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Elise Noel Harb, Michelle Chan, Amanda Tran, Christine Frances Wildsoet; Characteristics of Indoor and Outdoor Light Exposure Differ With Refractive Status in Young Adults. Invest. Ophthalmol. Vis. Sci. 2016;57(12):2473.
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© 2017 Association for Research in Vision and Ophthalmology.
Reports of apparent protective effects against myopia of outdoor exposure has led to speculation about the influences on refractive development of light intensity and spectral composition, both of which have shown to significantly affect eye growth in animal models.
UC Berkeley students (n=2 non-myopes, SER range: +1.63 to 0 D; n=3 myopes, -2.25 to -6.25 D), participated in this preliminary study. Subject data was collected during the “non-academic” year from light sensor wristwatch devices (Actiwatch Spectrum Pro, 400-700 nm) worn on their non-dominant arm over clothes for 7 days, with exposure collected at 1-min epochs. Light intensity consistent with outdoors (≥1000 lux), was used as a proxy for outdoor exposure while other readings captured during waking hours were categorized as indoor exposure. The daily mean of white and colored (RGB) light intensity was calculated for both in- and outdoors.
Myopes had less mean daily white light exposure compared to non-myopes (mean & range of difference: 244 lux, 826-915), which was primarily due to differences in outdoor exposure (495 lux, 959-1296 lux). The outdoor:indoor ratio for each RGB intensity was ~20:1 for myopes compared to 3:1 for non-myopes. The red:green exposure ratio was lower for myopes compared to non-myopes while indoors (1.66 vs. 2.53), but similar when outdoors (1.64 vs. 1.66). There was no apparent difference in the blue:green exposure ratio for myopes and non-myopes when indoors or outdoors. Interestingly, myopes experienced slightly less red:blue exposure when indoors (2.57 vs. 2.78), but slightly more when outdoors (3.31 vs. 3.04). Outdoor spectral exposure differences may reflect group differences in behavior; non-myopes recorded multiple short morning outdoor exposures and longer noon/afternoon exposures while myopes had multiple short afternoon-dusk exposures, with longer exposures randomly distributed across the day.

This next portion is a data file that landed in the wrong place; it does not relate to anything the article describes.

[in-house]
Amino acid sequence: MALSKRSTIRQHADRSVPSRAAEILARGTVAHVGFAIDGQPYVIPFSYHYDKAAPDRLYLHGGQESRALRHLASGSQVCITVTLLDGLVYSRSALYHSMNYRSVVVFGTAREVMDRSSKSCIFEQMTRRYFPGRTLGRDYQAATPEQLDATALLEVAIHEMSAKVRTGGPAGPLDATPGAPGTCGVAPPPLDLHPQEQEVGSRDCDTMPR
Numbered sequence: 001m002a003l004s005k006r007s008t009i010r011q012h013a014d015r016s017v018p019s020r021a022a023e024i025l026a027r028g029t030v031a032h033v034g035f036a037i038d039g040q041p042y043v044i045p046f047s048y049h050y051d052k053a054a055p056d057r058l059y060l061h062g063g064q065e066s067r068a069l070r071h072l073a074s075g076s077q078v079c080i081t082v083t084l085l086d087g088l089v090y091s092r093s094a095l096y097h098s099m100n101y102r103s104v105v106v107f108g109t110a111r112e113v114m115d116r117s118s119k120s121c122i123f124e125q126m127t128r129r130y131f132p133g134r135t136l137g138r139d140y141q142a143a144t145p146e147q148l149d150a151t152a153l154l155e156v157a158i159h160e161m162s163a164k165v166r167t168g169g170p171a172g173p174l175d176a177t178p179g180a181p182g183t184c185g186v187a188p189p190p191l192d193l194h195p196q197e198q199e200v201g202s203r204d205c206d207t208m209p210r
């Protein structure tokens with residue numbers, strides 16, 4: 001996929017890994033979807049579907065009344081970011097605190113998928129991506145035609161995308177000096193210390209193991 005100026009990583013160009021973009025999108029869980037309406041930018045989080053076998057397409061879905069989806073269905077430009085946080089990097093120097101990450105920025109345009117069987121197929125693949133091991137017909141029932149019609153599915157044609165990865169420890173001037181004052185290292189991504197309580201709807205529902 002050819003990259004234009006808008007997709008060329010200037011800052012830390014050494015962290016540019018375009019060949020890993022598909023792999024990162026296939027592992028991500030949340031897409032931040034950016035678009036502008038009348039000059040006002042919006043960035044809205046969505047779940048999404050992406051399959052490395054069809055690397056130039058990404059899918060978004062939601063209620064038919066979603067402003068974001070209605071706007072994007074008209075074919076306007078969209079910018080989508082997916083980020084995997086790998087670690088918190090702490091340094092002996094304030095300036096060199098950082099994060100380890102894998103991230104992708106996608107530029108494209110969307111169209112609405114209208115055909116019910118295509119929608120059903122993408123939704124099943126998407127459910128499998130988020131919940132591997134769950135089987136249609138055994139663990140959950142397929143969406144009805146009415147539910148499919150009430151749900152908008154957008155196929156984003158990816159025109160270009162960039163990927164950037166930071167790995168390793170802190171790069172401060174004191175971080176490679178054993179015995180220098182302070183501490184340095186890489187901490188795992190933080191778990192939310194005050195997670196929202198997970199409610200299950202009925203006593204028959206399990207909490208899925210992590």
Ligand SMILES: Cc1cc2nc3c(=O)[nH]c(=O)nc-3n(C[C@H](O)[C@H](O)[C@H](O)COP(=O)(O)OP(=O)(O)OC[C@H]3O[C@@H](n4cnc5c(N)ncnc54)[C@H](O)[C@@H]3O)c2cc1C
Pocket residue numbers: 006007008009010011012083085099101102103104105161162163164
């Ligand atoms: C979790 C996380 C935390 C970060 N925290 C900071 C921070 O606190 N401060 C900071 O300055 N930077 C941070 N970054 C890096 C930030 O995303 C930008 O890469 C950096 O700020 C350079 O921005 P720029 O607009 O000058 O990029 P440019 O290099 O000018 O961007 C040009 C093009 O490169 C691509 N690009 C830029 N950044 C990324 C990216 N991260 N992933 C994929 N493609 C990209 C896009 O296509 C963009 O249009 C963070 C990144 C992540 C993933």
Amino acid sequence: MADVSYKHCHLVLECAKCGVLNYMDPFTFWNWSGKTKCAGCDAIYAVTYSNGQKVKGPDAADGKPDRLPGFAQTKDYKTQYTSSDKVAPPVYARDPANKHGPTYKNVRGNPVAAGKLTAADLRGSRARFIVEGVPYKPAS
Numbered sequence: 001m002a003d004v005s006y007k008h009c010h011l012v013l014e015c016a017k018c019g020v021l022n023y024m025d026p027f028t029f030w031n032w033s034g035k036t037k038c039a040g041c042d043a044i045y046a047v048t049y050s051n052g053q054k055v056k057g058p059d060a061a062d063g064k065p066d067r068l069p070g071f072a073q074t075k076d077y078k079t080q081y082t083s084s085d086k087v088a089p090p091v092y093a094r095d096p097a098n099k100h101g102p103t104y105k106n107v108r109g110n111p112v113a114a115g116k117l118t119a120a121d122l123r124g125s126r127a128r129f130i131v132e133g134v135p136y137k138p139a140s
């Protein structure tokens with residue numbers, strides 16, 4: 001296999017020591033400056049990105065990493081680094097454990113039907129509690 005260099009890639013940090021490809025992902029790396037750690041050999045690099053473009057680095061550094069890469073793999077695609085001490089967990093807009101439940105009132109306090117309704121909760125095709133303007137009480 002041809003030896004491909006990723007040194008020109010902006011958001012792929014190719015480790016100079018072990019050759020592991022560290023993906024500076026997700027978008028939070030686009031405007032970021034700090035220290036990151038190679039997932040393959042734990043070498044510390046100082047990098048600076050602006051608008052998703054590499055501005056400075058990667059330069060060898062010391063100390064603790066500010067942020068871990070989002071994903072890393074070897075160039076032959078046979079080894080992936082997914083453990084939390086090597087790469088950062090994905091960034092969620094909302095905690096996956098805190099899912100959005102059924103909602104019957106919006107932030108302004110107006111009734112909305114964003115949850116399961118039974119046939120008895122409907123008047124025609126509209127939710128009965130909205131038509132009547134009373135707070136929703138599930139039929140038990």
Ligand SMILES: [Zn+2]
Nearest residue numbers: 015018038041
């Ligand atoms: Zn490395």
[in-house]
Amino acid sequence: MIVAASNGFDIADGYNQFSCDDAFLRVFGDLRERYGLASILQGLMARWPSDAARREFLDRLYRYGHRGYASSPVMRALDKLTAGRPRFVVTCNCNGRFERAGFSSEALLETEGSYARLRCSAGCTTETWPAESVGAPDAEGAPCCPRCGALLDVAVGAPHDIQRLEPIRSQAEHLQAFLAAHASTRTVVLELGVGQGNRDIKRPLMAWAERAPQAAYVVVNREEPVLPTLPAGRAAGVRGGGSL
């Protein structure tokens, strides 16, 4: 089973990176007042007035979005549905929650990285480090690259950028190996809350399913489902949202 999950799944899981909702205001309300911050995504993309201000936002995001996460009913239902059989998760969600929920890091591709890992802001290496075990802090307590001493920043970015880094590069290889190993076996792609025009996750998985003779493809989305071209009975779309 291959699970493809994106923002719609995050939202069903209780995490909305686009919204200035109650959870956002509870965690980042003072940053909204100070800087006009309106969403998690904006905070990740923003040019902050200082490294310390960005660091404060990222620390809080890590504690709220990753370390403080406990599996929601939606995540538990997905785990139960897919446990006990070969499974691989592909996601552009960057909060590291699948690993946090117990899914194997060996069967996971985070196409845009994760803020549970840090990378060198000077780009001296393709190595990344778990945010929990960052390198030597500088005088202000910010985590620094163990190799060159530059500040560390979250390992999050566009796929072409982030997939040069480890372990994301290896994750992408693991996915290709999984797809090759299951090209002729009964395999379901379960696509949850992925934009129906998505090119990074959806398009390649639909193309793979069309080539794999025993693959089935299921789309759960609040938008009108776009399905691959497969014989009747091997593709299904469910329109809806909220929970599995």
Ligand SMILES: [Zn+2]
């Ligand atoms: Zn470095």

Results suggest that differences in outdoor activities and thus light exposure between myopes and non-myopes persist outside the academic year. Wavelength-related differences in indoor ambient light exposure were an unexpected observation. Further work is warranted to investigate the origin of this difference (e.g. device use) and the significance of differences in temporal patterns of outdoor exposure, as suggested by the above data, for myopia development and/or progression.
This is an abstract that was submitted for the 2016 ARVO Annual Meeting, held in Seattle, Wash., May 1-5, 2016.
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